The day after the Haiti earthquakes, The New York Times asked Michael McElroy to shoot the reactions of Haitian residents in Little Haiti, a Miami neighborhood.
One day later, with most flights cancelled to Port Au Prince, Michael managed to find a flight to the Dominican Republic, where he caught a ride with an ABC News crew across the border into Haiti. This is what he experienced:
What was it like in Haiti?
My arrival in Haiti was shocking…the amount of people in the streets, people wandering around wounded from the earthquake (broken limbs, open head wounds etc.)…people were now living on the streets for fear of another earthquake or due to the loss of their homes.
Early on I had visited the UN compound at the airport and had seen all the planes landing with aid from around the world but on the streets people were hungry and hadn’t eaten for days. As the days went by, things started to grow more and more tense, people started looting and the Haitian police handled it in their usual way with violence: beating and shooting people.
The bodies recovered from the rubble began to pile up and were left in the streets and the smell was overwhelming. It was everywhere, you couldn’t escape it. [The smell] lingered with me days after I was back in Miami, on my clothes, in my nose. Most Haitians were using bandannas and shirts to cover their faces and using toothpaste under their noses to mask the smell.
Port Au Prince was just devastated but the people still remained optimistic about finding people alive and rebuilding, despite having their world collapse. I never expected to see what i saw, it looked like a war zone, the amount of destruction was unimaginable. Over the last few days I was there, things little by little seemed to get better, aid was slowly getting to the people, more doctors were treating the wounded. This tragedy will transform Haiti: there are 1 million people expected to leave the city, there are an estimated 200,000 dead. I don’t know how many people have had arms or legs amputated or children who lost their parents. This is definitely something that will take decades to recover from.
How do you prepare yourself from being overwhelmed by emotion in these scenarios? You obviously can’t help everyone around you, and your work is to document, but how do you reconcile the two on shoots like this?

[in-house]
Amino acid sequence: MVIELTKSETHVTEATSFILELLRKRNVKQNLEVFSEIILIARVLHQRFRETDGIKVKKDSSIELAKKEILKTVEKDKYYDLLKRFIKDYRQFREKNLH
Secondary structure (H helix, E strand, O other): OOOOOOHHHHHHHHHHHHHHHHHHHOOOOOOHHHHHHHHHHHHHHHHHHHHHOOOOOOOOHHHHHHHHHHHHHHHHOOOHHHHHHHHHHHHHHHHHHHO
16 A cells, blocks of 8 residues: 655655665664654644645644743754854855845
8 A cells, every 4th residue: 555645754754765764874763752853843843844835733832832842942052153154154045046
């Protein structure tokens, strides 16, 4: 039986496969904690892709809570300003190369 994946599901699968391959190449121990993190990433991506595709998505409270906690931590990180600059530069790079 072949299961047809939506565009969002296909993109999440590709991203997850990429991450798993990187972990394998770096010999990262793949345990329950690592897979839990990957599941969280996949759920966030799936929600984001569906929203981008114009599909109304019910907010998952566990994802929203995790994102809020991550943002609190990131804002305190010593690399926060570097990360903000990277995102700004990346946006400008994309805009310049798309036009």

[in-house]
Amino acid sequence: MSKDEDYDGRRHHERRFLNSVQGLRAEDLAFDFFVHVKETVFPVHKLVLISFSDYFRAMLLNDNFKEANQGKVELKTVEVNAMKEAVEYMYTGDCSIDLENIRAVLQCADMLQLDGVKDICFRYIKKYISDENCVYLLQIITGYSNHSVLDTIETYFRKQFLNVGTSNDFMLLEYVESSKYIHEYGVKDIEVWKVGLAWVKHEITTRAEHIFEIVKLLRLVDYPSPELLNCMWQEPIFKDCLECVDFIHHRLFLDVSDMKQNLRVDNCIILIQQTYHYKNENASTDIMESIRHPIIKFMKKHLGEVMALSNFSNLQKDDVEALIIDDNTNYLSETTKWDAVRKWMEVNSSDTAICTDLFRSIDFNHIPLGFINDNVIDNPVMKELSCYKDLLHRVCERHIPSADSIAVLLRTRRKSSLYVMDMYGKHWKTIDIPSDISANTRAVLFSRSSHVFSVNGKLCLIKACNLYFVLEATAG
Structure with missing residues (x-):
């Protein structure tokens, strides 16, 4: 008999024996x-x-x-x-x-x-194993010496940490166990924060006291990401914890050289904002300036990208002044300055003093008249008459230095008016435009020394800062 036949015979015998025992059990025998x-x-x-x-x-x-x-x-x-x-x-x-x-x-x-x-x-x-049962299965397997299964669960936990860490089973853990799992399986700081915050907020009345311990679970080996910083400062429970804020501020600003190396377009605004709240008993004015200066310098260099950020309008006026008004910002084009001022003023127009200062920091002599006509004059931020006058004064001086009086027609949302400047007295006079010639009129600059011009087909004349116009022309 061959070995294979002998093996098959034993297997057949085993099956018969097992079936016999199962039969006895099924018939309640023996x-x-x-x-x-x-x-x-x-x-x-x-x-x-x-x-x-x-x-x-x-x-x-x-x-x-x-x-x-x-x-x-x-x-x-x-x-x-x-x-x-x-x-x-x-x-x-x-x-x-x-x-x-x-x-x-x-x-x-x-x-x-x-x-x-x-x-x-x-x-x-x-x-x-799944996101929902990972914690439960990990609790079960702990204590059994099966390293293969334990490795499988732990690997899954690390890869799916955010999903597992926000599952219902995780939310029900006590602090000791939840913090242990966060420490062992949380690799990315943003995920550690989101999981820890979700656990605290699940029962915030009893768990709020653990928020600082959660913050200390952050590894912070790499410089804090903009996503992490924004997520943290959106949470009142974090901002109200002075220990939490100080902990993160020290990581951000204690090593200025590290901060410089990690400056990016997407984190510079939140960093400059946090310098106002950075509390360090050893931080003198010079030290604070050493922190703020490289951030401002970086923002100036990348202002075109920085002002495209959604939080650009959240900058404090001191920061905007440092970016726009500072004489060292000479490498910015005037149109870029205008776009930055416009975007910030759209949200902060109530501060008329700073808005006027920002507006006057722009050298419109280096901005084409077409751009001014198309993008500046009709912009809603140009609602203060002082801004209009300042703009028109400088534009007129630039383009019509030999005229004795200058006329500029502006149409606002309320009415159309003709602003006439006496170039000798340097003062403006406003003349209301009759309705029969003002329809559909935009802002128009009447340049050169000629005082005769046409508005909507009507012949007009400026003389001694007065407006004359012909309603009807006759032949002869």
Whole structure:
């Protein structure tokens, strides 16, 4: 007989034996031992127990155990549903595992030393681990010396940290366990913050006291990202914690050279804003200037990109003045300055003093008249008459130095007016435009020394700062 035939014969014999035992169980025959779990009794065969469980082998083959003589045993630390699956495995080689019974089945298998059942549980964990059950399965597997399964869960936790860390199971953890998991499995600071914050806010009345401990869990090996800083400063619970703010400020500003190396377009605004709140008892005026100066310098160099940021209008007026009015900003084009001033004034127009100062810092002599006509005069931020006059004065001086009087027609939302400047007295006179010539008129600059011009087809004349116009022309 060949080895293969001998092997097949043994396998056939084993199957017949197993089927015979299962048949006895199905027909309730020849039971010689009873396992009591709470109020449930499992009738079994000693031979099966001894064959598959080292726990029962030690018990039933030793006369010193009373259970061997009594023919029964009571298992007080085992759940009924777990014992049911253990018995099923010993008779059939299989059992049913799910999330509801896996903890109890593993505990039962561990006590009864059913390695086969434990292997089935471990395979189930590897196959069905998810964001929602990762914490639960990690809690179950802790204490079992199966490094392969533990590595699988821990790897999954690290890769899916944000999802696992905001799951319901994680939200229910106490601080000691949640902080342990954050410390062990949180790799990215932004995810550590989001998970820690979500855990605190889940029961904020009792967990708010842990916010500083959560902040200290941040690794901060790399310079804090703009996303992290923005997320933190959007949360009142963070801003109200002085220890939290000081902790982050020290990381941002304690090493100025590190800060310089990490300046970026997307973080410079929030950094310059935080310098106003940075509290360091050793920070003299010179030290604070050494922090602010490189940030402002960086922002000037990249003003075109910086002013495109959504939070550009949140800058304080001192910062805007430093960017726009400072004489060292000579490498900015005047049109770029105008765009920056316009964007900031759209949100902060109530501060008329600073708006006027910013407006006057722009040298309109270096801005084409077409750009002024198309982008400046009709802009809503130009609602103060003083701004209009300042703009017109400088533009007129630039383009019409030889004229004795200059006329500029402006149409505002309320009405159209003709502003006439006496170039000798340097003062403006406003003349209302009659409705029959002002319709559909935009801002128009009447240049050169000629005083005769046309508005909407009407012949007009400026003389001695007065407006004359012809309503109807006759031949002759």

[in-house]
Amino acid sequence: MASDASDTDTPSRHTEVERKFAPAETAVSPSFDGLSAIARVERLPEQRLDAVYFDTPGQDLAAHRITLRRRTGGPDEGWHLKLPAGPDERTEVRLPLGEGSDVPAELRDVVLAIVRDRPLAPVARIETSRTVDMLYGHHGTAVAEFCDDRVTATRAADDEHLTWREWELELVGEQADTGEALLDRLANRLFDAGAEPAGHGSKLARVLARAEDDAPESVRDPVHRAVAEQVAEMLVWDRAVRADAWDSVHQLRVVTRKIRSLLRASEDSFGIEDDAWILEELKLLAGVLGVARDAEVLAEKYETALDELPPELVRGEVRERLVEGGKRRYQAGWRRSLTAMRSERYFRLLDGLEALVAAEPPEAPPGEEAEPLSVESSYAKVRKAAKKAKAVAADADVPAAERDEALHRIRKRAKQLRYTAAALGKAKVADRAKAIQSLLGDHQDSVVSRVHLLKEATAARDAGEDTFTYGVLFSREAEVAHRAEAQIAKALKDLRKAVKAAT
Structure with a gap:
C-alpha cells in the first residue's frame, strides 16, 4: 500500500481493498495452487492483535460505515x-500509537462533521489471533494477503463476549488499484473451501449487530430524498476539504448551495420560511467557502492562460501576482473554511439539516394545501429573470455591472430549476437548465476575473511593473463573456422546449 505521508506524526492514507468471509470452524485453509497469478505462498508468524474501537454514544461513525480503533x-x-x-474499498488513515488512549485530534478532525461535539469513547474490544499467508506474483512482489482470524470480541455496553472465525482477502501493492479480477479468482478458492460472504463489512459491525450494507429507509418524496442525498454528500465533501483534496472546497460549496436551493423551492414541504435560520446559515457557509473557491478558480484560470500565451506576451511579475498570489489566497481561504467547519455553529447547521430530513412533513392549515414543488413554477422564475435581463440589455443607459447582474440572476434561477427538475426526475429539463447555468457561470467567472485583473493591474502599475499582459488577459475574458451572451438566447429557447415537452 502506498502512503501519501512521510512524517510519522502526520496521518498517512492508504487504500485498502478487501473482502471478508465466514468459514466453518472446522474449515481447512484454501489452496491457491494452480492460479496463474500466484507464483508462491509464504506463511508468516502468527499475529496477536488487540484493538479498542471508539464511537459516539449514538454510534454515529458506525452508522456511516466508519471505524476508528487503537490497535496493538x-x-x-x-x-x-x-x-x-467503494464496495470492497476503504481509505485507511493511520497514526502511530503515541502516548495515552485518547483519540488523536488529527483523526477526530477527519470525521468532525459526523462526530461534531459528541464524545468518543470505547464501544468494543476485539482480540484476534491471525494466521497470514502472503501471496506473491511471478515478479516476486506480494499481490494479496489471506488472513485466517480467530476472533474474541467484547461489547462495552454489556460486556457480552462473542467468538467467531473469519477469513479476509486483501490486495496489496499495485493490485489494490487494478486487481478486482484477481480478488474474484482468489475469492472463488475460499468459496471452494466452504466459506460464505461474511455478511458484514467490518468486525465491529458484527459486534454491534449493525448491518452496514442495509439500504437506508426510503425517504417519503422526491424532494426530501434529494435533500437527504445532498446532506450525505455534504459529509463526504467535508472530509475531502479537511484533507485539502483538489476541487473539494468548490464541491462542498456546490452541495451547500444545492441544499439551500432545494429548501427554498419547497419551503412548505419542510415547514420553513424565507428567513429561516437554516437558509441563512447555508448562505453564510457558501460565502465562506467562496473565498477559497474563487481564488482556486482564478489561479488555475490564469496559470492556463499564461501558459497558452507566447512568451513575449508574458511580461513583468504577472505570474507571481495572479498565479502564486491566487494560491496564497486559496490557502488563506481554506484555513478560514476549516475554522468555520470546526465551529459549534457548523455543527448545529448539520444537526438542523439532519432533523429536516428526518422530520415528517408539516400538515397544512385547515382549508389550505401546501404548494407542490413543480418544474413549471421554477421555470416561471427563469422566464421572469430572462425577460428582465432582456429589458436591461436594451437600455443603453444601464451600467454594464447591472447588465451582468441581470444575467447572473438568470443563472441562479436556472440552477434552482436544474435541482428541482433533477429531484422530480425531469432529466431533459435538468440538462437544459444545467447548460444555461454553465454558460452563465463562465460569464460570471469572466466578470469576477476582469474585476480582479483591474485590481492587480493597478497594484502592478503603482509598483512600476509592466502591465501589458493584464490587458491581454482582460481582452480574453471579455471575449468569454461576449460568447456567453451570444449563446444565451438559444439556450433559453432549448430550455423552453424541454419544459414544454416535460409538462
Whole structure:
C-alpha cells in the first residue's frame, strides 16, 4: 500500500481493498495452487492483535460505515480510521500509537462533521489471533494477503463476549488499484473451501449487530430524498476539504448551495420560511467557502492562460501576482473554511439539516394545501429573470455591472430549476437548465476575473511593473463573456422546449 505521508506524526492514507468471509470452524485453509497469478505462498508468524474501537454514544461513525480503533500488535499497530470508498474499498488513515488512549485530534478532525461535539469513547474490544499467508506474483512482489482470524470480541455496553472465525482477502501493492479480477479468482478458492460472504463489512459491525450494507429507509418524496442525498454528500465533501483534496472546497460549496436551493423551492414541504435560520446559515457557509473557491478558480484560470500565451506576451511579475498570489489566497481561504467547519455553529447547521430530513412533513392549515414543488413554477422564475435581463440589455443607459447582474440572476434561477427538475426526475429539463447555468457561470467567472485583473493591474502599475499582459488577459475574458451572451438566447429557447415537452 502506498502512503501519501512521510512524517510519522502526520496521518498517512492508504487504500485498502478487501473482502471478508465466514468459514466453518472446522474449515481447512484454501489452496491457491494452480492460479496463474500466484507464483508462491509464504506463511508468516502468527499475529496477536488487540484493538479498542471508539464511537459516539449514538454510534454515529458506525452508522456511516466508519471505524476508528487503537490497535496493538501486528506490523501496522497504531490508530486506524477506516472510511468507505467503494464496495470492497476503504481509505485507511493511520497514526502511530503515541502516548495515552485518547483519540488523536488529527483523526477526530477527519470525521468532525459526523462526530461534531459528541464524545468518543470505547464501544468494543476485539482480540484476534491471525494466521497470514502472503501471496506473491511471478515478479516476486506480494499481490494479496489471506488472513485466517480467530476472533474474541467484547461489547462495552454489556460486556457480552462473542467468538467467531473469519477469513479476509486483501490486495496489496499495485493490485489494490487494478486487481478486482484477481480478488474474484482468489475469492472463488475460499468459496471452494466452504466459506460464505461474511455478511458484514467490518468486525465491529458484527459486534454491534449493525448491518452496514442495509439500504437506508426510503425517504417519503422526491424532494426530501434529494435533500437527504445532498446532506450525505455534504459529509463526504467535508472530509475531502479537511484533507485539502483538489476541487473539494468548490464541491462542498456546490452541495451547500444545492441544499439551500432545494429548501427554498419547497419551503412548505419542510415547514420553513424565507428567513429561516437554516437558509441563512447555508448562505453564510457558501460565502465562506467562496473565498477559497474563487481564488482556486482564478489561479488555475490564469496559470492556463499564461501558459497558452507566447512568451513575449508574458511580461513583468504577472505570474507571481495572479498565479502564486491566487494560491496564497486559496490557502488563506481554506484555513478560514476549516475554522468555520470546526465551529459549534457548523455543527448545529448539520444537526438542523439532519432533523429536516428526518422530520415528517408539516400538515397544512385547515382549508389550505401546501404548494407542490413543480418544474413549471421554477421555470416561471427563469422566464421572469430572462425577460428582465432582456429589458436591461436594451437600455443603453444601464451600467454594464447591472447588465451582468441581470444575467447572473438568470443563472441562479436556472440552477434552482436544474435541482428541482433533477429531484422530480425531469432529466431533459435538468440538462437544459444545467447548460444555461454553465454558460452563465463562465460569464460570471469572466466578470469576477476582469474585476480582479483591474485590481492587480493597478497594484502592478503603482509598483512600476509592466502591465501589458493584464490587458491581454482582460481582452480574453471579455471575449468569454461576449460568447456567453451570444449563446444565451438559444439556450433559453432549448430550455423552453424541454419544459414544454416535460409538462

In situations like these I guess in a sense I try and detach myself from what’s going on around me and just try and be as unobtrusive as one can be in an environment such as this. At the moment if I thought about what had just happened to Haiti and its people, it would have become overwhelming.
It is obviously very difficult for a person to be somewhere where death is all around you, where children have lost their parents and families have lost their homes and possessions. It’s conflicting sometimes because you’re trying to be an observer to tell a story, trying to not get involved but then you see somebody who is clearly suffering and needs help, so you help because you’re human.
…as far as dealing with what I saw, I haven’t or at least haven’t had to because you’re always busy and your mind’s on something else! I’m sure down the road it will be something I will have to figure out…
Socialdocumentary.net features more of Michael’s Haitian work on their home page
By the way, you mentioned [in an email] the school that your friend had founded. Is there a link to a website to make donations? I think most people feel safer donating through large organizations like the Red Cross, but I’d be happy to link to his site or mention how to contact him.
My friend who started the school is Michael Laughlin. He is a photographer with the Sun Sentinel. During the elections he was shot in the neck and pulled to safety by some Port Au Prince residents as a result he adopted two of them and started a school. The school was completely destroyed but all the kids are safe. He funds this mostly out of his own pocket! I know any help he could get would mean the world to him and the kids he is looking out for.